Whatever his motive might have been, Laurie studied to some purpose that year, for he graduated with honor, and gave the Latin oration with the grace of a Phillips and the eloquence of a Demosthenes, so his friends said. They were all there, his grandfather—oh, so proud—Mr. and Mrs. March, John and Meg, Jo and Beth, and all exulted over him with the sincere admiration which boys make light of at the time, but fail to win from the world by any after-triumphs.
“I’ve got to stay for this confounded supper, but I shall be home early tomorrow. You’ll come and meet me as usual, girls?” Laurie said, as he put the sisters into the carriage after the joys of the day were over. He said ‘girls’, but he meant Jo, for she was the only one who kept up the old custom. She had not the heart to refuse her splendid, successful boy anything, and answered warmly . . .
“I’ll come, Teddy, rain or shine, and march before you, playing ‘Hail the conquering hero comes’ on a jew’s-harp.”
Laurie thanked her with a look that made her think in a sudden panic, “Oh, deary me! I know he’ll say something, and then what shall I do?”
Evening meditation and morning work somewhat allayed her fears, and having decided that she wouldn’t be vain enough to think people were going to propose when she had given them every reason to know what her answer would be, she set forth at the appointed time, hoping Teddy wouldn’t do anything to make her hurt his poor feelings. A call at Meg’s, and a refreshing sniff and sip at the Daisy and Demijohn, still further fortified her for the tete-a-tete, but when she saw a stalwart figure looming in the distance, she had a strong desire to turn about and run away.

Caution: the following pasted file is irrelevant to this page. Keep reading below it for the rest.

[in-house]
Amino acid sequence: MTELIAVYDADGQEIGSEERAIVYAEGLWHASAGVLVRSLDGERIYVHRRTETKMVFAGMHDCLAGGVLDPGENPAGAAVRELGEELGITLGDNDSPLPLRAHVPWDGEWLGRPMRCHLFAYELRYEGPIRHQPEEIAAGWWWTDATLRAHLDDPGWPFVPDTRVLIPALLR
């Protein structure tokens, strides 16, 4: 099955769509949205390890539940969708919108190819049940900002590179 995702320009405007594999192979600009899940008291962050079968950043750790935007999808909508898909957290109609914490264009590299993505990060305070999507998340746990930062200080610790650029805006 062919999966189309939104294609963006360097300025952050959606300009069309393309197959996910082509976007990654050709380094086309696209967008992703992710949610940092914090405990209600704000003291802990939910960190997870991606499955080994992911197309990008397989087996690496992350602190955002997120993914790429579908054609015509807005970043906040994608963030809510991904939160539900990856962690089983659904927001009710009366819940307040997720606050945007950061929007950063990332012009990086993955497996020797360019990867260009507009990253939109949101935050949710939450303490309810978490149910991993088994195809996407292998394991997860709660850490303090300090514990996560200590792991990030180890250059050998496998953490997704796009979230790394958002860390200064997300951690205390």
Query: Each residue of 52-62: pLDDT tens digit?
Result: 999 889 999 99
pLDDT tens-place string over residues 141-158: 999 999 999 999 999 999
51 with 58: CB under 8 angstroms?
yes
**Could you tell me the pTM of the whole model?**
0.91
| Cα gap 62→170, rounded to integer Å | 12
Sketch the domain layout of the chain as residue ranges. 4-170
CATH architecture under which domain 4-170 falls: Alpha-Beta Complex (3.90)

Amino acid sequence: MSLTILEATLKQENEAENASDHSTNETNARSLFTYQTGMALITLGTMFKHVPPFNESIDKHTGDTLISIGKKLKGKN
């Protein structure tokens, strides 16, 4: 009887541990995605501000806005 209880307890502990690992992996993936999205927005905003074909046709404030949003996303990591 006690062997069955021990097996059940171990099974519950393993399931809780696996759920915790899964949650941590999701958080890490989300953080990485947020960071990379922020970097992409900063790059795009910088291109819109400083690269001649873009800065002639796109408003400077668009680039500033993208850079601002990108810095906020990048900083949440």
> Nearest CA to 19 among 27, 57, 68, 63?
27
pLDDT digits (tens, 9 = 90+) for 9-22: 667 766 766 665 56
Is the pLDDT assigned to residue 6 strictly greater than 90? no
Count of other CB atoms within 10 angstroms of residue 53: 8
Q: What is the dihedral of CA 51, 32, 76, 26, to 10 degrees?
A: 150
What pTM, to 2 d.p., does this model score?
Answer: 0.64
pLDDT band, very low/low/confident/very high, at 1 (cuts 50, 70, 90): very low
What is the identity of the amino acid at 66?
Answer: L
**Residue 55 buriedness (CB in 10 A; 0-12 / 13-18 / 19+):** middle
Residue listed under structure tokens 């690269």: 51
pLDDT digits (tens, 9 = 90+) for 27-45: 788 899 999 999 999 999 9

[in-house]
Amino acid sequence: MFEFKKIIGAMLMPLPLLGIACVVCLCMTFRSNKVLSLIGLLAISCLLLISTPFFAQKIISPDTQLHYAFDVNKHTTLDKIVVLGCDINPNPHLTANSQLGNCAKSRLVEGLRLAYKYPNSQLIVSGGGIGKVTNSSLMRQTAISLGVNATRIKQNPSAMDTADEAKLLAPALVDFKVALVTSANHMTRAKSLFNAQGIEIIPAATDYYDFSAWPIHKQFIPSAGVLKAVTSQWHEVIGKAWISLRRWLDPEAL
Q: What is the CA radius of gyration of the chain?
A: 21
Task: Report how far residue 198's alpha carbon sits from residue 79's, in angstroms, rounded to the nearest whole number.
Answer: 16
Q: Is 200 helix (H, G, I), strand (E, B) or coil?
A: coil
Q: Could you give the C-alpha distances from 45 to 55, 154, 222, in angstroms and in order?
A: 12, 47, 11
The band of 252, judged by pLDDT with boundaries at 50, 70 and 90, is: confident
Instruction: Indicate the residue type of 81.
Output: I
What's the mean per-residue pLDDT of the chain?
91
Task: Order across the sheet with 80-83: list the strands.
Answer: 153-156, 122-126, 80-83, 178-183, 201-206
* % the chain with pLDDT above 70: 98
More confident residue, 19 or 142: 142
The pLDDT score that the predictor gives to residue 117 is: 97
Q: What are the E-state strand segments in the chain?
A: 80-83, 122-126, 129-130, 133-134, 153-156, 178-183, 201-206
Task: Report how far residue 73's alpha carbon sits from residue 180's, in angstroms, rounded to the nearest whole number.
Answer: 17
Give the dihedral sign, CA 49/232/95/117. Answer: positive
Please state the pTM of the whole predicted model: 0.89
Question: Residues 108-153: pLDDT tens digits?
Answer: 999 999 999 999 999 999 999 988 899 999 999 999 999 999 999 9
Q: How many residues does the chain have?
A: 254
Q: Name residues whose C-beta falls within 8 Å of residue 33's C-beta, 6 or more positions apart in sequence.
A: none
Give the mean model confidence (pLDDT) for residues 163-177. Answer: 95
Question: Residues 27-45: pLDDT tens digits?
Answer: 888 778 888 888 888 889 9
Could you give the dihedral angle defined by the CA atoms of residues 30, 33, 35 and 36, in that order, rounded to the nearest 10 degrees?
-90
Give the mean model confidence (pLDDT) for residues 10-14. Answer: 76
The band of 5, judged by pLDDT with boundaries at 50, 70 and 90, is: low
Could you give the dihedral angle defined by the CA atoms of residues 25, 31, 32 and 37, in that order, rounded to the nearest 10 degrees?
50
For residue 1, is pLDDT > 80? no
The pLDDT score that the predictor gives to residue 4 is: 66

“Where’s the jew’s-harp, Jo?” cried Laurie, as soon as he was within speaking distance.
“I forgot it.” And Jo took heart again, for that salutation could not be called lover-like.
She always used to take his arm on these occasions, now she did not, and he made no complaint, which was a bad sign, but talked on rapidly about all sorts of faraway subjects, till they turned from the road into the little path that led homeward through the grove. Then he walked more slowly, suddenly lost his fine flow of language, and now and then a dreadful pause occurred. To rescue the conversation from one of the wells of silence into which it kept falling, Jo said hastily, “Now you must have a good long holiday!”
“I intend to.”
Something in his resolute tone made Jo look up quickly to find him looking down at her with an expression that assured her the dreaded moment had come, and made her put out her hand with an imploring, “No, Teddy. Please don’t!”
“I will, and you must hear me. It’s no use, Jo, we’ve got to have it out, and the sooner the better for both of us,” he answered, getting flushed and excited all at once.